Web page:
This may not be much of a surprise to environmentalists, but that doesn’t make the findings of a World Health Organization report any less disturbing. Most of us are aware of the risks of air pollution to human health and wellbeing, but the impact is far greater than we imagined, as WHO states that 90 percent of the world’s population breathes poor quality air, resulting in over 6 million deaths each year!
Air Pollution A Growing Public Health Crisis
“92 percent of the world’s population lives in places where air quality levels exceed WHO limits”
The problem with poor quality air is more pervasive in cities, but increased urbanization and a population shift towards urban centers across the world has exposed a larger segment of the population to lifestyle diseases and health risks associated with air pollution. Another study published earlier this year showed that air pollution is also linked with the rising incidence of cardiovascular disease, which is the primary cause of death in India and many other parts of the world. What’s worrying is that researchers point out that today air quality in rural areas is not really much better than that in urban areas. The report, which gathered data from across 3,000 sites globally, found that “92 percent of the world’s population lives in places where air quality levels exceed WHO limits”.
The report mainly focused on levels of particulate matter in the air, with toxins like sulfate and black carbon that can enter the lungs and affect the cardiovascular system as well. This increases your risk not just of respiratory disorders and conditions like COPD, but it also raises the risk of heart disease and strokes.
How Air Pollution Impacts Quality Of Life
“90 percent of the deaths linked with air pollution occur in low and middle-income countries”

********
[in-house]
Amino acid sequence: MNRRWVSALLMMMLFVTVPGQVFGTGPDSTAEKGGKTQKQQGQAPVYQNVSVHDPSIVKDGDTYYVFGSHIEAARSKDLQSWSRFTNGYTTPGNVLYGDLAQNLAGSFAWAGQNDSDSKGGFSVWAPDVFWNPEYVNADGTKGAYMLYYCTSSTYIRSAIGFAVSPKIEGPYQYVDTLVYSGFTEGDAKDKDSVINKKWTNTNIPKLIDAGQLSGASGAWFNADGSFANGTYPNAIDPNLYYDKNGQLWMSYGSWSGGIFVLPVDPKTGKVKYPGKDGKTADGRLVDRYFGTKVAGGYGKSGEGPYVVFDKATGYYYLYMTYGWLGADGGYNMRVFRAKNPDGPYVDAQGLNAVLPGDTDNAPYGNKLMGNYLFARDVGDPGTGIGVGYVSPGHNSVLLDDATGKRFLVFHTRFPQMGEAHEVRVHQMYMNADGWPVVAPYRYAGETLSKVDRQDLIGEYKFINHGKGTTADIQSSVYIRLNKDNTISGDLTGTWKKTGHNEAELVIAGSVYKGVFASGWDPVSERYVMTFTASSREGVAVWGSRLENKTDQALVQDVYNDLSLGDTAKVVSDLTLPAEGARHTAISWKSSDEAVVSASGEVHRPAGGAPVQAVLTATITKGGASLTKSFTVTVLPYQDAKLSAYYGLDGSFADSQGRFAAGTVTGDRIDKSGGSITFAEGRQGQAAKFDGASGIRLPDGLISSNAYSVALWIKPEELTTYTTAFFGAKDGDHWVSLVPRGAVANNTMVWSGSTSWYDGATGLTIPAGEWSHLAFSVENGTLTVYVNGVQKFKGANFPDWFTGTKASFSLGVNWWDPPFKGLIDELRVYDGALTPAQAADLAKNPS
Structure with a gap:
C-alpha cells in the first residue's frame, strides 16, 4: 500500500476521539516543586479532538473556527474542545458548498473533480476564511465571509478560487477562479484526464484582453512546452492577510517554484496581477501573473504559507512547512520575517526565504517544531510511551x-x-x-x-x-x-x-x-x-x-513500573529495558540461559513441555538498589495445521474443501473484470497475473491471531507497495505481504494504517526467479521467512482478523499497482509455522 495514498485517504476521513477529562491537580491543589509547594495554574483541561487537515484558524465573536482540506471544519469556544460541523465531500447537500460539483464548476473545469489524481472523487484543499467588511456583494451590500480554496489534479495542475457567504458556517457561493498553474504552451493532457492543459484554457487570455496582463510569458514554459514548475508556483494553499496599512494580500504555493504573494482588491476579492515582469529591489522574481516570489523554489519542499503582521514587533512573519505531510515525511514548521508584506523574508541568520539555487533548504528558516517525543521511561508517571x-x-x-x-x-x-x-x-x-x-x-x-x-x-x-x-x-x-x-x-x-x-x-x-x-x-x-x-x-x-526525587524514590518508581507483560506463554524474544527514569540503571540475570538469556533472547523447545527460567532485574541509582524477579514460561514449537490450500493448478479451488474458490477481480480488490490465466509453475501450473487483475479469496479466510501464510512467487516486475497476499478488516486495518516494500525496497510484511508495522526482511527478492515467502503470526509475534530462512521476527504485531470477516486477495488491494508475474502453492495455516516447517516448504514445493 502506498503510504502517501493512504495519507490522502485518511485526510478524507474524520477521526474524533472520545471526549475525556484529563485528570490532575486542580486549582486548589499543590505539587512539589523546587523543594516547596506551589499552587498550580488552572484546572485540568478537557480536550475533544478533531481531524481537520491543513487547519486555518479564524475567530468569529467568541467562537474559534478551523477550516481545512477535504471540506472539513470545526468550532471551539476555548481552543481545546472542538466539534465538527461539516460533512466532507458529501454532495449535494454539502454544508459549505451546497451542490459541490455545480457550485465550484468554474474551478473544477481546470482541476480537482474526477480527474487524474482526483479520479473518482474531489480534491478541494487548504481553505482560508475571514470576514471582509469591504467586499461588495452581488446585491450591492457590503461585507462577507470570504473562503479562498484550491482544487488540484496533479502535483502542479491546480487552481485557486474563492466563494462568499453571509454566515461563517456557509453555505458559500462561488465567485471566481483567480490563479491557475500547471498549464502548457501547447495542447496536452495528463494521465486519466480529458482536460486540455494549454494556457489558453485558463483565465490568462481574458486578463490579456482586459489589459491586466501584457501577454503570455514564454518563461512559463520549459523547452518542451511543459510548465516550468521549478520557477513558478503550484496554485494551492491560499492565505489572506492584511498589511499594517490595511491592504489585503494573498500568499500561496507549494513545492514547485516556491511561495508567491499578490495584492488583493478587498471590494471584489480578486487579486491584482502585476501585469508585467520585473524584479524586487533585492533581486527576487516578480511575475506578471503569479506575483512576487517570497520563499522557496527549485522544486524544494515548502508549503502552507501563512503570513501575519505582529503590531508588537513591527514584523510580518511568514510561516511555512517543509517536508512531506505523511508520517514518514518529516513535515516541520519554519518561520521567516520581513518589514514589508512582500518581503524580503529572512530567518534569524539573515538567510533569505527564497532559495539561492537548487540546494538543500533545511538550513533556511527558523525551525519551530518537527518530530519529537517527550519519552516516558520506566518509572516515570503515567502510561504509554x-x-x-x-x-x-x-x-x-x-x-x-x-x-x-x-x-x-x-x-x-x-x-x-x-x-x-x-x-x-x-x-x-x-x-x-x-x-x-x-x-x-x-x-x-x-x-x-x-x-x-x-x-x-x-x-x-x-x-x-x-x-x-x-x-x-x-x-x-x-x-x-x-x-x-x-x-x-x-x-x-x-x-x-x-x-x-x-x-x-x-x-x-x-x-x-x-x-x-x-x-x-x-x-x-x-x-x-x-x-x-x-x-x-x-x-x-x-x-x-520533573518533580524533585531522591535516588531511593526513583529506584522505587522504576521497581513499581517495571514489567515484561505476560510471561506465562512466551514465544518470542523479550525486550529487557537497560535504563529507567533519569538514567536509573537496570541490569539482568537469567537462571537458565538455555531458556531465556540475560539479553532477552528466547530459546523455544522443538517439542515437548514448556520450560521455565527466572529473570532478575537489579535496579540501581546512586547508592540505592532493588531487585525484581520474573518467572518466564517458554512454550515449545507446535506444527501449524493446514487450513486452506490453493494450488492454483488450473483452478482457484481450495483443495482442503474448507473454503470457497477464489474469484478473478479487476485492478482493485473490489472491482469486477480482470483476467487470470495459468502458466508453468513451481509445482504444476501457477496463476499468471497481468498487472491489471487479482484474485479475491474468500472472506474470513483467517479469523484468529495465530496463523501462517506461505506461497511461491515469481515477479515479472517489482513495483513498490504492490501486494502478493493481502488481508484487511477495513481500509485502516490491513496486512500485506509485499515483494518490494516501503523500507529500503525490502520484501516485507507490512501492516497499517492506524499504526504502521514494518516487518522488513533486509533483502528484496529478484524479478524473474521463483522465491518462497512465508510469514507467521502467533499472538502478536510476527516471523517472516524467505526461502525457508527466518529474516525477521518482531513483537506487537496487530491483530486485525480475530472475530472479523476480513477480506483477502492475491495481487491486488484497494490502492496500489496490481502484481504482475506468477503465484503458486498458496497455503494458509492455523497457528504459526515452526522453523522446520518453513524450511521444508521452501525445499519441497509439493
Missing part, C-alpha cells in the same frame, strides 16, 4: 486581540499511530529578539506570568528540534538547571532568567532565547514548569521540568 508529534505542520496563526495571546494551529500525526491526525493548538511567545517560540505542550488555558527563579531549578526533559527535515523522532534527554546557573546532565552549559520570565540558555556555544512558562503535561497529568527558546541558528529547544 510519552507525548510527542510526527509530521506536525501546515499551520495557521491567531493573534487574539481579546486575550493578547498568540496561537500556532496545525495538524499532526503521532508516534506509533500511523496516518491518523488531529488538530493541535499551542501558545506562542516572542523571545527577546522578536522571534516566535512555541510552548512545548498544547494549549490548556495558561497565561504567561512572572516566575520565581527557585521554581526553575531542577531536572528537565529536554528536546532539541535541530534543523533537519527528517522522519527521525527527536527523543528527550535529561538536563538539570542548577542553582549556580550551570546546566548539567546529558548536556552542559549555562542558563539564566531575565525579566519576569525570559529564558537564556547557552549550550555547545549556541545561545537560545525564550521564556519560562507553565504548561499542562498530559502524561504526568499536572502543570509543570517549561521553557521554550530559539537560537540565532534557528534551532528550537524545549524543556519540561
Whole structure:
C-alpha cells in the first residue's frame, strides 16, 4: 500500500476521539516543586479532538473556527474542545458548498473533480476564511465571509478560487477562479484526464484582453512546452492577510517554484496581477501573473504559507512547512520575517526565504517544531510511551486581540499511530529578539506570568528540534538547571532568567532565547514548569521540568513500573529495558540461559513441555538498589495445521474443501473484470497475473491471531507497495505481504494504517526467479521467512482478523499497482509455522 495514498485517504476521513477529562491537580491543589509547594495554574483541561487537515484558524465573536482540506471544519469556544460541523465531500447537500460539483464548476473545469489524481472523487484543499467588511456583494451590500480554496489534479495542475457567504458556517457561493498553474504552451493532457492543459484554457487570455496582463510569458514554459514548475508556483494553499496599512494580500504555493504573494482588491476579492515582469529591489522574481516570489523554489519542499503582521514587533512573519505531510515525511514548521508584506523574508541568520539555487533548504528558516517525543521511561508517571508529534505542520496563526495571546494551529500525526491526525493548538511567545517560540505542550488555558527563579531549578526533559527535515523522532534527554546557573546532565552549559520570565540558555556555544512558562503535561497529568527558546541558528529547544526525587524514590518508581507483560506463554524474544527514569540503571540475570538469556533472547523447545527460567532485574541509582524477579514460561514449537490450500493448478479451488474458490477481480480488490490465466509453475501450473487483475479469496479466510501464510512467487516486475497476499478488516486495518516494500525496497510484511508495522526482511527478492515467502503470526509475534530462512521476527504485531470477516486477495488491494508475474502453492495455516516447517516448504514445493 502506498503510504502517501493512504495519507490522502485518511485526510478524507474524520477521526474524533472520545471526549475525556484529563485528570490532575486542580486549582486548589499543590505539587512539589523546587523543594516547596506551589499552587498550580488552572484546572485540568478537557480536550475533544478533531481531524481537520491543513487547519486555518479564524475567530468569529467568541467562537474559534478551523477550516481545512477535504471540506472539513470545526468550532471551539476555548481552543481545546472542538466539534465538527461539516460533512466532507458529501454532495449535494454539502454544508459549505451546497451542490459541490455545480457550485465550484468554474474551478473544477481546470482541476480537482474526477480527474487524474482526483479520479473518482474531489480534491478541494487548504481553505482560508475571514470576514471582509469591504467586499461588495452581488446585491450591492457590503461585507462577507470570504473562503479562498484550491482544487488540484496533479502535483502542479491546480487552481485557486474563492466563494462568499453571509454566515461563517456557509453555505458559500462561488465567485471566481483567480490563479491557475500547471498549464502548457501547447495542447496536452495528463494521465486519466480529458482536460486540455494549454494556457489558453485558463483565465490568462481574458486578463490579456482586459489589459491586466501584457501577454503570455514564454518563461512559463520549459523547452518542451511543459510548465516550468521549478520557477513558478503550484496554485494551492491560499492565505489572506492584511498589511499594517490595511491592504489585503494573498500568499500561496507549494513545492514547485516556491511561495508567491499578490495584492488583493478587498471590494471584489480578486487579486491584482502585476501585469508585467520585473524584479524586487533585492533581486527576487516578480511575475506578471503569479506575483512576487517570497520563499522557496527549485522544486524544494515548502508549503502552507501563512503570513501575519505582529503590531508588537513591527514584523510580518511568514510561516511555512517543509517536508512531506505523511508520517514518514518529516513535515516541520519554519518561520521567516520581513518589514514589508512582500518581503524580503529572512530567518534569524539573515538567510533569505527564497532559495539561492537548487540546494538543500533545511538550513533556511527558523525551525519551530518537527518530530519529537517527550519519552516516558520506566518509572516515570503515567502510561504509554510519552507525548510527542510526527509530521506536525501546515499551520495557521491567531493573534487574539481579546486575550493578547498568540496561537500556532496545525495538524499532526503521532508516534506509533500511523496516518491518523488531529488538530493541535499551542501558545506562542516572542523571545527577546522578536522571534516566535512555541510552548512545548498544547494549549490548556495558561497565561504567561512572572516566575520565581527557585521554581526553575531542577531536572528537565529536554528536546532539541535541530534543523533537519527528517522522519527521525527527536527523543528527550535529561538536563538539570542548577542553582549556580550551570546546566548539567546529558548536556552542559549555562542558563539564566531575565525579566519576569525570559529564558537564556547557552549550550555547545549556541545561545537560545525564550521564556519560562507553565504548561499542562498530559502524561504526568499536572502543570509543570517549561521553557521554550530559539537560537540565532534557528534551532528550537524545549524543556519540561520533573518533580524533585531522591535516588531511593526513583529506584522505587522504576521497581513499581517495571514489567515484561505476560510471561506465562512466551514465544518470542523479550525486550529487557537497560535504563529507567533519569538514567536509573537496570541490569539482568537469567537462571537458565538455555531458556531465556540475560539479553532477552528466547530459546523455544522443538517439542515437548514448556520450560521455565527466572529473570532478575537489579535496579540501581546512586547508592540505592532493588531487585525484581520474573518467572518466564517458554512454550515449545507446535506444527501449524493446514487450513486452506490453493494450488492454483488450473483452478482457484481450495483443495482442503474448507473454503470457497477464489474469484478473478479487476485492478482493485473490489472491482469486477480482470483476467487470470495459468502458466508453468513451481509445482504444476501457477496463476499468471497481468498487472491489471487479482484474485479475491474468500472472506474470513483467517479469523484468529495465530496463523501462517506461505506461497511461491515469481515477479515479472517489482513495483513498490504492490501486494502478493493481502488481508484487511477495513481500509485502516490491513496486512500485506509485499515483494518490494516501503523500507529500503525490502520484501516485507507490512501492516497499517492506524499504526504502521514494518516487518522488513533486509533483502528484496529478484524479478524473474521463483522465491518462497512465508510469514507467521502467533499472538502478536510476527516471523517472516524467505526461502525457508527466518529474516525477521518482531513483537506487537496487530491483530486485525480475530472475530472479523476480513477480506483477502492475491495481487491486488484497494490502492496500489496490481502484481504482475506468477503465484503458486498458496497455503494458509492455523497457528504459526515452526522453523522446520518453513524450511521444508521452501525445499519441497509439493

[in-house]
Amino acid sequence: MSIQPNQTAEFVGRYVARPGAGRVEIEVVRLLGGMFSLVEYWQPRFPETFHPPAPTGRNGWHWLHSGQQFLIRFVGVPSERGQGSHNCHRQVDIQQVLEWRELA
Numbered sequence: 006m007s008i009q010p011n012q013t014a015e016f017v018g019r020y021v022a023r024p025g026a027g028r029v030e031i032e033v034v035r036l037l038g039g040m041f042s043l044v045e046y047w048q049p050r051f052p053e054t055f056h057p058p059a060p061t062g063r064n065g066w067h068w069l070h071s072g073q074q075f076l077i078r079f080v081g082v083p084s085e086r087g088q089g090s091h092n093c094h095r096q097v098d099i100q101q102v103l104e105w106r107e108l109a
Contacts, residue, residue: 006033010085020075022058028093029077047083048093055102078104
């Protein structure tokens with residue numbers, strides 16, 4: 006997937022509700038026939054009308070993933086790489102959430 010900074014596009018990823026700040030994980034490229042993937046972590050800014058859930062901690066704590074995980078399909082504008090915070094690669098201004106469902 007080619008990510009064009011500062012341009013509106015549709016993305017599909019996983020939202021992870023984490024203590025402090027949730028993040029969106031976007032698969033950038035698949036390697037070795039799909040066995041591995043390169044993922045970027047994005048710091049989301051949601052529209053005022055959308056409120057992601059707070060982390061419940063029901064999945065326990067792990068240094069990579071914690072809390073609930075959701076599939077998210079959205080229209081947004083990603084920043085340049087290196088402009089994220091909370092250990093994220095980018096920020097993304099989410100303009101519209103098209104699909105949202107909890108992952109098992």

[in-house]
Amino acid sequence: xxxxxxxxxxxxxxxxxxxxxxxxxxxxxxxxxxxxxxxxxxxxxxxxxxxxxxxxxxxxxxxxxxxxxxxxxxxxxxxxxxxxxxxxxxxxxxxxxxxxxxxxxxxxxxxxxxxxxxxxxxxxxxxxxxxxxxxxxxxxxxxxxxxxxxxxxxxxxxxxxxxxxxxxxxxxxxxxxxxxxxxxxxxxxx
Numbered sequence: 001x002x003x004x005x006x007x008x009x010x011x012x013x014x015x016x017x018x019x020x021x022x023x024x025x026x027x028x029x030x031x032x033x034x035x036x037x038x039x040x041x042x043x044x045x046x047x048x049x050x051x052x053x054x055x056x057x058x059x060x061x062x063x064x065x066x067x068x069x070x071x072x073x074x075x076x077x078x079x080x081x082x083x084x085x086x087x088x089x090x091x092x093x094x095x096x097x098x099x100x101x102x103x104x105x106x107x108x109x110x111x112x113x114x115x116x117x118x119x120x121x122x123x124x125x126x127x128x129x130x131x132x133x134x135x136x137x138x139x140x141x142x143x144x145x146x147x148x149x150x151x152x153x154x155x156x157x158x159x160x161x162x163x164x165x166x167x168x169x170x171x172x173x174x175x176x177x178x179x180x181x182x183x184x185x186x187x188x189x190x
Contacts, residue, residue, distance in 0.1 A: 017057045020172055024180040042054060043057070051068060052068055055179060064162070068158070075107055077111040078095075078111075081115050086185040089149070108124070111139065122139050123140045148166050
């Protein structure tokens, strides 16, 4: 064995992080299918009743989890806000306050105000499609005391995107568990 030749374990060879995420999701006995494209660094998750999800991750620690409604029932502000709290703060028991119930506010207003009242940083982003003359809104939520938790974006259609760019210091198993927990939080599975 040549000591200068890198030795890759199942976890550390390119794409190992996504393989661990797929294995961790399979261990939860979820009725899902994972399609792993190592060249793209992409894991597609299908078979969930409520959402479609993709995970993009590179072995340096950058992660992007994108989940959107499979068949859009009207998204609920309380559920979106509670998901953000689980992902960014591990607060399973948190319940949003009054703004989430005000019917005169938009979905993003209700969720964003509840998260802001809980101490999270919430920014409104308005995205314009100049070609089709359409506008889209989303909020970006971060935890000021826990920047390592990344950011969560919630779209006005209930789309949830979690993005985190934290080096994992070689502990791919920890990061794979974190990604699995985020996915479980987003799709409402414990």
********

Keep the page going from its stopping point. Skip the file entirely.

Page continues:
According to Maria Neira, head of WHO’s department of public health and environment, “It is a public health emergency.” It is estimated that the combined effects of indoor and outdoor air pollution kill more than 6 million people annually, with data being clearer with regard to outdoor air pollution. Nevertheless, indoor air pollution is a huge threat, especially in developing countries and rural societies, where solid fuels like wood and charcoal are used for heat and cooking. In fact, 90 percent of the deaths linked with air pollution occur in low and middle-income countries. This has a dramatic impact on quality of life, as the cost of medical care that arises from air pollution related ailments takes a huge toll on societies that are already impoverished.
Unlike illnesses spread through infection or contagion, there is also a limit to what you can do to avoid the health risks of air pollution. According to WHO’s public health and environment department coordinator, Carlos Dora strategies to protect against air pollution are limited in effectiveness, making improvement of air quality absolutely essential. The WHO report found that face masks are ineffective at filtering pollutants in dry air, while staying home on days when air pollution levels are particularly high also does little to offset the risk from living in such conditions, as you are still breathing in polluted air over a prolonged period.
These findings highlight the importance of government initiatives to lower emissions by adopting and promoting green practices and more environment-friendly methods of commuting, waste management, and cooking.